This vanilla cake is from The Magnolia Bakery Cookbook. I picked the cookbook up after a trip to visit my sister in New York where I went on a cupcake tasting tour (guided by yours truly with only one participant…myself). I tried Magnolia Bakery, Cupcake Cafe and Billy’s Bakery. I think there was one other? I don’t remember. I’ve had 2 kids since then. But Magnolia is one of the best and the shop is darling and wonderful. It’s definitely a fun place to visit…unless you end up fighting someone for a cupcake after waiting in line for hours. The first time I went there was hardly a soul in the place and so it was a very pleasant experience for me. Another time I was going to go with my sister and as we approached the store and saw the line we turned around and returned empty handed. Workdays are probably a good bet, but I’m not making any promises since I don’t have enough experience. I do think it’s safe to say that weekends will always be crazy.
To make this cake a little special I dyed the layers in shades of purple. It didn’t turn out as “ombre” as I would’ve liked. The colors are too close to the same shade, so if you decide to try the ombre cake make sure that the batters are very different from each other.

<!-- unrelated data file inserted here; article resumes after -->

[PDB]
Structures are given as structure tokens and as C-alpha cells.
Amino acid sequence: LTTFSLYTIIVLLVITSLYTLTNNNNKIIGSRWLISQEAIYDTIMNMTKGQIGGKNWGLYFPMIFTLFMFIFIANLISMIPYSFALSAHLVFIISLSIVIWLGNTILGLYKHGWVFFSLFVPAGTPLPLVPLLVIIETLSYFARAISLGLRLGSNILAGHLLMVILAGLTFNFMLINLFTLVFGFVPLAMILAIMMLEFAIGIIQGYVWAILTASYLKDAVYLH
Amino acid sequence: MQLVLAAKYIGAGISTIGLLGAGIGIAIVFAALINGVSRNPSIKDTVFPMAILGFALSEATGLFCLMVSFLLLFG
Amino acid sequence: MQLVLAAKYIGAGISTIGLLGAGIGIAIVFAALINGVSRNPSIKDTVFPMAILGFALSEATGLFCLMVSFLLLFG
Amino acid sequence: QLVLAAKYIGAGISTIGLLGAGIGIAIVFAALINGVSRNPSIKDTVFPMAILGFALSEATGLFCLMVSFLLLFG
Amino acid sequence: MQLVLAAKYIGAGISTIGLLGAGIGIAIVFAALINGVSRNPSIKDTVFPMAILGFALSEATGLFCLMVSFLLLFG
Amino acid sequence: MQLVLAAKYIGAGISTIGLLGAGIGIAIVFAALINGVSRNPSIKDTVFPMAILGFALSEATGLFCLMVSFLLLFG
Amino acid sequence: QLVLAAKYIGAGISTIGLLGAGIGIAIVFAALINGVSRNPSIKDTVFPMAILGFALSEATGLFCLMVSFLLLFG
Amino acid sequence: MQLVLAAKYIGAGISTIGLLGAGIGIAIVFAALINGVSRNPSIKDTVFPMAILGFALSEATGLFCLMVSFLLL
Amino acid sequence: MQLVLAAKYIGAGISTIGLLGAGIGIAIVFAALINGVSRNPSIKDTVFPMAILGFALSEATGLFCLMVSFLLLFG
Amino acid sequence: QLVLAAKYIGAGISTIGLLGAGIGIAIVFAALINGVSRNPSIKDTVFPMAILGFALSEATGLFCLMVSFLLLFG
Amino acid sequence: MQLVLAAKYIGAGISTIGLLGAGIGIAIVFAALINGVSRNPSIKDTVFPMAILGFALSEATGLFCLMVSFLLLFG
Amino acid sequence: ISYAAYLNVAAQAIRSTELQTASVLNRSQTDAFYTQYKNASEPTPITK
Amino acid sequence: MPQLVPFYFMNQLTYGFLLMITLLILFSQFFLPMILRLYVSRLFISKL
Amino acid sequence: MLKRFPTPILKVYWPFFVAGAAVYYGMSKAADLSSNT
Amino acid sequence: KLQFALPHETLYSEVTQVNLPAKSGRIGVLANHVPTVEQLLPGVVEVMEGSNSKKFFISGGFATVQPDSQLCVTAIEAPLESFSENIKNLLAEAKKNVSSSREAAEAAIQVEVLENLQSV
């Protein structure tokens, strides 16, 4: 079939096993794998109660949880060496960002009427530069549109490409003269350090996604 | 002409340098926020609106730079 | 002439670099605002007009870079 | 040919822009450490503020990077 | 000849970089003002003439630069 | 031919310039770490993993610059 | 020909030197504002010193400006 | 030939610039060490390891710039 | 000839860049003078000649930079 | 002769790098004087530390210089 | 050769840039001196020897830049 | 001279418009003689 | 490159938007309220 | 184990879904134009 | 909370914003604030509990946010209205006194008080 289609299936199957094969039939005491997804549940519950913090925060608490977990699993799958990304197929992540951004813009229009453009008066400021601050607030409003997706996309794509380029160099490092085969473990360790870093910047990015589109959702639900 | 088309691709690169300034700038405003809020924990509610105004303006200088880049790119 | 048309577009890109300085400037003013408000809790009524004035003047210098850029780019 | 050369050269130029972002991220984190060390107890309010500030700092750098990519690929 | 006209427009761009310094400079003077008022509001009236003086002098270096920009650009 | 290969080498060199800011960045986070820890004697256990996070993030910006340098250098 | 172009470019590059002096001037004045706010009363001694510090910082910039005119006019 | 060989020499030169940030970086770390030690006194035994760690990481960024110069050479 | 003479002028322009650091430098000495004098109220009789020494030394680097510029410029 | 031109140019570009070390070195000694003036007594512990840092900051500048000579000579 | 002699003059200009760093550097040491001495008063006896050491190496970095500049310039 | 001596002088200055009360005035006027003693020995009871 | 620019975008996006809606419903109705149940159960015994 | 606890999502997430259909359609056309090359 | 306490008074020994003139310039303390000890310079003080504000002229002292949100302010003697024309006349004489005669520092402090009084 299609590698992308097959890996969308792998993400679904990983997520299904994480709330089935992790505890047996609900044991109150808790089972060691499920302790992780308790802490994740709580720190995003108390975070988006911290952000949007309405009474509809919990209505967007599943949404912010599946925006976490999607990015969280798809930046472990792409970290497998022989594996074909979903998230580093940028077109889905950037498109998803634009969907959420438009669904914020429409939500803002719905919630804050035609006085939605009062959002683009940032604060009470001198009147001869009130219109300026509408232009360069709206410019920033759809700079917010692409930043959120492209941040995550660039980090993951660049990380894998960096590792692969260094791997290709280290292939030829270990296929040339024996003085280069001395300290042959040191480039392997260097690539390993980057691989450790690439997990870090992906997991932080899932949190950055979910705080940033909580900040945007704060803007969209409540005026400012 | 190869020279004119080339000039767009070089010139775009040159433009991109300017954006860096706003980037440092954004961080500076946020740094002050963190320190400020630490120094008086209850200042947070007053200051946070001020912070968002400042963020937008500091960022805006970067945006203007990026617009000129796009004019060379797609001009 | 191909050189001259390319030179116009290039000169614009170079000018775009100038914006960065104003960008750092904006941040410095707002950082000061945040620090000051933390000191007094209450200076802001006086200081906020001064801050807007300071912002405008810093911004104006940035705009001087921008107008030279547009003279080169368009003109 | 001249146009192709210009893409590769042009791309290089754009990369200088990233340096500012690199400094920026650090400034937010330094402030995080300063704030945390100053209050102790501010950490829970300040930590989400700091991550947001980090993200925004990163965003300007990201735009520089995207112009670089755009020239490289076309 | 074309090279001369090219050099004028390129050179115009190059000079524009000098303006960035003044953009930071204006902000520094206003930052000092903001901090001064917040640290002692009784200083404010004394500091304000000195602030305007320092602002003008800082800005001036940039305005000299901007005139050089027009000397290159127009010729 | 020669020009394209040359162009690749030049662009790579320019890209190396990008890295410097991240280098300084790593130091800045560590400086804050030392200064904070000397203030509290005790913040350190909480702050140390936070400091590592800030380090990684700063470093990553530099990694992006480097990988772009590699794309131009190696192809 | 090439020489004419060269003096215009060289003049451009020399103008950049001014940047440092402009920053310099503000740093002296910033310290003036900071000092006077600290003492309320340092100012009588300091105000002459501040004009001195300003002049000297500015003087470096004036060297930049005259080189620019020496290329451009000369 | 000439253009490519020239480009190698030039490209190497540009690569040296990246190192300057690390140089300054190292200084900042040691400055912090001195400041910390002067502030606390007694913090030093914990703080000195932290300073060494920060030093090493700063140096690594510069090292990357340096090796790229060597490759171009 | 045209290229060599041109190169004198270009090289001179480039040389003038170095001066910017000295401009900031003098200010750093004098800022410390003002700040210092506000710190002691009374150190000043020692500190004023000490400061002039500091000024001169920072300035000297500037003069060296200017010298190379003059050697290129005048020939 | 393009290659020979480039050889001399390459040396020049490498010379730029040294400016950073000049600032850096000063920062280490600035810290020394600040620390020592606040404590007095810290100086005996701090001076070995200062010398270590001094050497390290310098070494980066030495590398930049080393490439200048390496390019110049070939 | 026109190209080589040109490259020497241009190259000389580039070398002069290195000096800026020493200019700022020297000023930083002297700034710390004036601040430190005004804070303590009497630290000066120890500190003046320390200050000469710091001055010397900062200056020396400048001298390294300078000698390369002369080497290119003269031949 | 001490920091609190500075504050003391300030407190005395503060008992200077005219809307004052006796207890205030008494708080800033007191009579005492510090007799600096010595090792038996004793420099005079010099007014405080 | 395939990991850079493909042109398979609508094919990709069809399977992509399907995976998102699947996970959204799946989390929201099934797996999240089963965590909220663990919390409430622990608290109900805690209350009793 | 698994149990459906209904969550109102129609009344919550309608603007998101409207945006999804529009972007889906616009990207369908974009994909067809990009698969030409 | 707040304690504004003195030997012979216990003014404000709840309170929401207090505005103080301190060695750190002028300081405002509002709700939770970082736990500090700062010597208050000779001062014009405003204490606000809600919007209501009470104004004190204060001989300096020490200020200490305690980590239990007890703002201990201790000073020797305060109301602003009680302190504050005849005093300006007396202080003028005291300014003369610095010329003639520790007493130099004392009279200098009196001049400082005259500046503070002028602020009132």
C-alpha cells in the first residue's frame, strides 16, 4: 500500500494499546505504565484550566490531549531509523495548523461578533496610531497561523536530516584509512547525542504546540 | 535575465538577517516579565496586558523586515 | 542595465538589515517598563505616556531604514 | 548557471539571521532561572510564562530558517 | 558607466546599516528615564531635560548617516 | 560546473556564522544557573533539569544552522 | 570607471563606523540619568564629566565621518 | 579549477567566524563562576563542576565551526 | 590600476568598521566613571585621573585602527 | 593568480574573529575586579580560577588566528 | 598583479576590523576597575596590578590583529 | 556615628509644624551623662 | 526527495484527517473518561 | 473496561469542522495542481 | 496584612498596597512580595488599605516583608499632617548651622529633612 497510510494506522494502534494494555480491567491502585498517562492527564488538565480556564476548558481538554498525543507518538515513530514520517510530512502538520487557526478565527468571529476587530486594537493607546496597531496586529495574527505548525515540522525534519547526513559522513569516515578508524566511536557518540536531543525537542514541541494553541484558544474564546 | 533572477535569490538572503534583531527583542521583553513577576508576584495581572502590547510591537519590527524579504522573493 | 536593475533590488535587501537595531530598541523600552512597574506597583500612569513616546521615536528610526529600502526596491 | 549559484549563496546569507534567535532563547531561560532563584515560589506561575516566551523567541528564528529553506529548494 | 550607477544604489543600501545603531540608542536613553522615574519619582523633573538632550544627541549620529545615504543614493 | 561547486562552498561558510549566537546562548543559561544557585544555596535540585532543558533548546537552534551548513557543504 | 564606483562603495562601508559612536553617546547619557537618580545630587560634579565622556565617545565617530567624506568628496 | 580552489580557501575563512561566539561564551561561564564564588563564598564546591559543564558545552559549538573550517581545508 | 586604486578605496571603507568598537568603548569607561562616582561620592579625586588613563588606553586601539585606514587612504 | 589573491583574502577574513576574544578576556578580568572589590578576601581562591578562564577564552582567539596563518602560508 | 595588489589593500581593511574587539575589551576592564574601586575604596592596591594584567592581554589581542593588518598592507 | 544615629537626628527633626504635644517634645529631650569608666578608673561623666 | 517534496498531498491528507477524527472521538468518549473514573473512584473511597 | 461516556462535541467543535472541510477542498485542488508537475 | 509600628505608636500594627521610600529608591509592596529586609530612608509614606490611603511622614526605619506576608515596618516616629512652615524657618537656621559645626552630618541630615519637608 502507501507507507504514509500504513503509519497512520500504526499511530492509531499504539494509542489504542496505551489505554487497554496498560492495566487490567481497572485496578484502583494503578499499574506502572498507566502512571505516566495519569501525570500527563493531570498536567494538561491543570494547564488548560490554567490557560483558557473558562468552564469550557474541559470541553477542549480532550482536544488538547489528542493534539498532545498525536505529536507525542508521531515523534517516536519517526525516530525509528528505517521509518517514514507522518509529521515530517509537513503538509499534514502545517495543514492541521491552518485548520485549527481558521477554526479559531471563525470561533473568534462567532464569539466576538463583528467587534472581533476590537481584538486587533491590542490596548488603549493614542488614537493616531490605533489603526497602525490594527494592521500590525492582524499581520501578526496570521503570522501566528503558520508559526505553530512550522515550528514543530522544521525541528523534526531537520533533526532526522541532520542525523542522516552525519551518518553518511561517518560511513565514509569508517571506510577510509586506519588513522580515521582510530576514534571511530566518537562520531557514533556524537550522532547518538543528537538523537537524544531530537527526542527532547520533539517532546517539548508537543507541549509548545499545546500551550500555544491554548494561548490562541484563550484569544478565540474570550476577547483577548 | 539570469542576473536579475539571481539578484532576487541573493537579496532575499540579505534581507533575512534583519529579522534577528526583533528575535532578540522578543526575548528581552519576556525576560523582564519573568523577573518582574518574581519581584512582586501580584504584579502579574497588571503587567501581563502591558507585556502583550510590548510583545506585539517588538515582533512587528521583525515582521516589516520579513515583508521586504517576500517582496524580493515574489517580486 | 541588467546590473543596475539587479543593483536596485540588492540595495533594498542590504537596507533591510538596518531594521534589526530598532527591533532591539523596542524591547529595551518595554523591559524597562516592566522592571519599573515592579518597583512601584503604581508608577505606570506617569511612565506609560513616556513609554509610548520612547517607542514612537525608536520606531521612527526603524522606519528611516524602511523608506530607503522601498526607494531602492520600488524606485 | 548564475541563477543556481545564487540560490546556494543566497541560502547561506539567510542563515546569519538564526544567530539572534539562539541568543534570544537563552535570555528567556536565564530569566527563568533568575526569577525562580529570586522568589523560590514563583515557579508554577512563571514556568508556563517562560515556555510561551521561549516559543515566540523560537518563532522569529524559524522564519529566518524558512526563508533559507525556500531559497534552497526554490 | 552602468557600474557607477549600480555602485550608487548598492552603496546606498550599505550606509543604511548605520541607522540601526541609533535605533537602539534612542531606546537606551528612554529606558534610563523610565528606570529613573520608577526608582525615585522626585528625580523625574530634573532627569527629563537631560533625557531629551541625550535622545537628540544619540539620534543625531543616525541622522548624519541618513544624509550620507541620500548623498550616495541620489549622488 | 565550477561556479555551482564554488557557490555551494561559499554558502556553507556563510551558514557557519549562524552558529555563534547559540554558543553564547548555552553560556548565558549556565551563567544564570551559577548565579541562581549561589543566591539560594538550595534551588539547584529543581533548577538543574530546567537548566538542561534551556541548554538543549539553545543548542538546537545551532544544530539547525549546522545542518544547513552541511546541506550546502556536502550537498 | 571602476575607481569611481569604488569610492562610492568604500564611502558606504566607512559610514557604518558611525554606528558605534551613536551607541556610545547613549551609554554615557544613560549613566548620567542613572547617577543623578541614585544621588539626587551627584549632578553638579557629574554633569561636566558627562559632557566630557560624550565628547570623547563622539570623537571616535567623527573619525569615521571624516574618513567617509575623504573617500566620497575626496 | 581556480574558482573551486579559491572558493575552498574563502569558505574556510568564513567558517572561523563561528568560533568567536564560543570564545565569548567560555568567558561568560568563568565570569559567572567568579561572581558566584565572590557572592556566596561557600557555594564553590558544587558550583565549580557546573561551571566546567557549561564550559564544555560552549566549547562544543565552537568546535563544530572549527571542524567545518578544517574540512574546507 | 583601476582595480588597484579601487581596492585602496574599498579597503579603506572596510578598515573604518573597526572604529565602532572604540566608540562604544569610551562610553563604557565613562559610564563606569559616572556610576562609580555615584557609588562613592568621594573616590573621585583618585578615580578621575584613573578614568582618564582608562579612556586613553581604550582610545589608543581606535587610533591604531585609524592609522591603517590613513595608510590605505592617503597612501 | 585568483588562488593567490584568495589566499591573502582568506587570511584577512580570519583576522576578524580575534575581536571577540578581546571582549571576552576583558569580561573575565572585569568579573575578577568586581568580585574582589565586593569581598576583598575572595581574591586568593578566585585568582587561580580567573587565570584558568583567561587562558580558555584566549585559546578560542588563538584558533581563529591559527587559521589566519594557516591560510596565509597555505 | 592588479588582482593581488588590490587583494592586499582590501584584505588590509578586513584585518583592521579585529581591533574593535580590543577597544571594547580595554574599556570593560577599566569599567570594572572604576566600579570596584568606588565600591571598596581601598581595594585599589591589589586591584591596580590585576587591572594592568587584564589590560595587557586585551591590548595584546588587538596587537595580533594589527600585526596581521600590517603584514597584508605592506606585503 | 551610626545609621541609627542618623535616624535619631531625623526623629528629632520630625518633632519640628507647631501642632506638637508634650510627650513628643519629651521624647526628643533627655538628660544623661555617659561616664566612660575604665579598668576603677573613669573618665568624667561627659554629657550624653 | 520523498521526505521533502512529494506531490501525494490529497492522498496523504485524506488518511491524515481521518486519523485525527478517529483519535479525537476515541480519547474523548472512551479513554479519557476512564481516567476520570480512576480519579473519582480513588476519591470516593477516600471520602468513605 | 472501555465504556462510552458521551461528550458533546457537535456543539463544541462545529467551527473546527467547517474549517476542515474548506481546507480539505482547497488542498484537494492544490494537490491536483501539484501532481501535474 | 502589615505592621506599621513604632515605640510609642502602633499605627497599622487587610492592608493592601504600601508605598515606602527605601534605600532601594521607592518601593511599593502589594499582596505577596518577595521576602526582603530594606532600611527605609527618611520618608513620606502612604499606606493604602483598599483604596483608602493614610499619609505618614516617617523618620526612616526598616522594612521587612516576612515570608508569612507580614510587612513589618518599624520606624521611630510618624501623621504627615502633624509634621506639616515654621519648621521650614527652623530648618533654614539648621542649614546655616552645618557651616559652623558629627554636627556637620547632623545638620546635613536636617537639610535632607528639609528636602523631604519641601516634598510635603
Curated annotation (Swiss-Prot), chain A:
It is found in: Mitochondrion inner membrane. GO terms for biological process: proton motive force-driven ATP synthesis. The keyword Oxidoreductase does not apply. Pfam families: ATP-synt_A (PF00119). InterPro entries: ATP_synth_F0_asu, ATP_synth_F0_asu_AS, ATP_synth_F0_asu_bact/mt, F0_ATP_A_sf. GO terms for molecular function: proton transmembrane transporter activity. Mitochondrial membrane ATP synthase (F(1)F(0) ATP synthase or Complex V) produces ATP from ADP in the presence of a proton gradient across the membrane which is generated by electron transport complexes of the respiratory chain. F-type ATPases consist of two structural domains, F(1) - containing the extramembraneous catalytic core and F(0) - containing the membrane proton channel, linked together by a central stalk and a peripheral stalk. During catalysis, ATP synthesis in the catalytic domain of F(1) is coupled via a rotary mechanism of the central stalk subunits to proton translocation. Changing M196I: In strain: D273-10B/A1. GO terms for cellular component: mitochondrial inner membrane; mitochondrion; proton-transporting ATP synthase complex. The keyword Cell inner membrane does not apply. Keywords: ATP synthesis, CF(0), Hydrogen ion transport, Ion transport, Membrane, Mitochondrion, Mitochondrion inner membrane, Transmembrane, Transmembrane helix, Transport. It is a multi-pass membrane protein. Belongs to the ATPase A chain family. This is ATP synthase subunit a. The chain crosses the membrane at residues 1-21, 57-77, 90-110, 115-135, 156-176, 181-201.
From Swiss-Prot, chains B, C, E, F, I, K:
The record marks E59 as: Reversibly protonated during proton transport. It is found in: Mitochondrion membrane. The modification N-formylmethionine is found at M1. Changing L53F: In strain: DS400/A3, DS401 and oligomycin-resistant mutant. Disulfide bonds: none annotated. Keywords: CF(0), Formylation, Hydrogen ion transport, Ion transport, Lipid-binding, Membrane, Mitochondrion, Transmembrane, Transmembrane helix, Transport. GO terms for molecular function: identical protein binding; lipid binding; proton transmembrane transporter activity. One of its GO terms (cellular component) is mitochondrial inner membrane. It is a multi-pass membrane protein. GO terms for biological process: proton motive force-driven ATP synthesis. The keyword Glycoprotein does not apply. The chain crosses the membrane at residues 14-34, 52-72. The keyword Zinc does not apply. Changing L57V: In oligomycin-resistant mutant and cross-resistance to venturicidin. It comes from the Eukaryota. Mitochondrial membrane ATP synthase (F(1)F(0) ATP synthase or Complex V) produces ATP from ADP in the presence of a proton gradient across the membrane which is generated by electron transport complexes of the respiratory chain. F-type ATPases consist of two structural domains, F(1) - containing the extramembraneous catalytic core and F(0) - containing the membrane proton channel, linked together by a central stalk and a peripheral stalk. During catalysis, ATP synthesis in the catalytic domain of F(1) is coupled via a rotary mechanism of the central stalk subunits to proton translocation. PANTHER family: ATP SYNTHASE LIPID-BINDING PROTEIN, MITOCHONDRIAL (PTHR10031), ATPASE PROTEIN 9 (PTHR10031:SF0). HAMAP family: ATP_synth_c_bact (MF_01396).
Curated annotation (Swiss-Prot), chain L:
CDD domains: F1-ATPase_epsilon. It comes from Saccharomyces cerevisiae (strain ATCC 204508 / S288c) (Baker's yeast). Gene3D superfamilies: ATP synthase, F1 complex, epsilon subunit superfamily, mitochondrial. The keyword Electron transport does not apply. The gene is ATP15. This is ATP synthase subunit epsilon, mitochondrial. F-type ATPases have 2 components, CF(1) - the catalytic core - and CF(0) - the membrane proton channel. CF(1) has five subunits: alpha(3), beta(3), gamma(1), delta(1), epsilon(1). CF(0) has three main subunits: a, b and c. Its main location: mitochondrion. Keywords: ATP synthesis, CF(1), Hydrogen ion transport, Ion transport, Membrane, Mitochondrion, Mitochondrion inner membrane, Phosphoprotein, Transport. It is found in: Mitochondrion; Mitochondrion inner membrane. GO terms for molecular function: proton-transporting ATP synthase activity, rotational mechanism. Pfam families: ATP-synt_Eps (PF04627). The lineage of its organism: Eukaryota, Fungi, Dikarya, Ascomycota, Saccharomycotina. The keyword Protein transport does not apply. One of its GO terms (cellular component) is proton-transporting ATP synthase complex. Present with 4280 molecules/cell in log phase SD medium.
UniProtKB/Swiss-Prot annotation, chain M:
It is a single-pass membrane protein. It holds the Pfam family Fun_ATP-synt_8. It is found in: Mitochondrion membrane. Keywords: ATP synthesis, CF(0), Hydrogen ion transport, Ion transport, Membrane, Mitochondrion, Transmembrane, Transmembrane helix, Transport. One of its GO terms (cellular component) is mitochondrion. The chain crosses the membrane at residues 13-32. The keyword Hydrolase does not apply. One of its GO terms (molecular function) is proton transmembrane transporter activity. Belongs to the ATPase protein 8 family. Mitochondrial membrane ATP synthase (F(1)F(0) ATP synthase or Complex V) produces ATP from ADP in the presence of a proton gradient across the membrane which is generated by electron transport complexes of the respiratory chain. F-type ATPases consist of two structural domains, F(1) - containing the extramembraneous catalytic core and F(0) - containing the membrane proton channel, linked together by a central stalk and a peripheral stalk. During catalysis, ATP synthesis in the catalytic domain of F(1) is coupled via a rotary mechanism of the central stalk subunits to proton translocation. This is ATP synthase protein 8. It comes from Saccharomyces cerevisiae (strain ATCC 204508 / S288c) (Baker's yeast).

The vanilla buttercream is from the same cookbook and is tremendously delicious. I love frosting. This one comes out beautifully white, especially if you use this vanilla. This clear vanilla has a nostalgic flavor for me and is different than pure natural vanilla. In most cases I prefer natural vanilla, and often I use this vanilla paste because I love the vanilla bean flecks. But with a classic vanilla birthday cake I think the clear vanilla is the way to go. Use what you have, but do give the clear vanilla a try if you see it somewhere!
This is definitely a cake I’ll come back to and recommend others try when they want to bake a cake from scratch. It’s really not terribly difficult or time consuming and it’s a nice change from a box cake. Eat up and enjoy!
Grease three 9-inch cake pans, line the bottoms with a parchment circle, grease parchment and flour the pans. Set aside.
Combine the flours in a small bowl and set aside.
In a large bowl, cream the butter until light, then gradually pour in the sugar and beat until light and fluffy, 3-4 minutes.
Add the eggs, one at a time, and beat well after each. Scrape the bottom of the bowl and beat again to combine.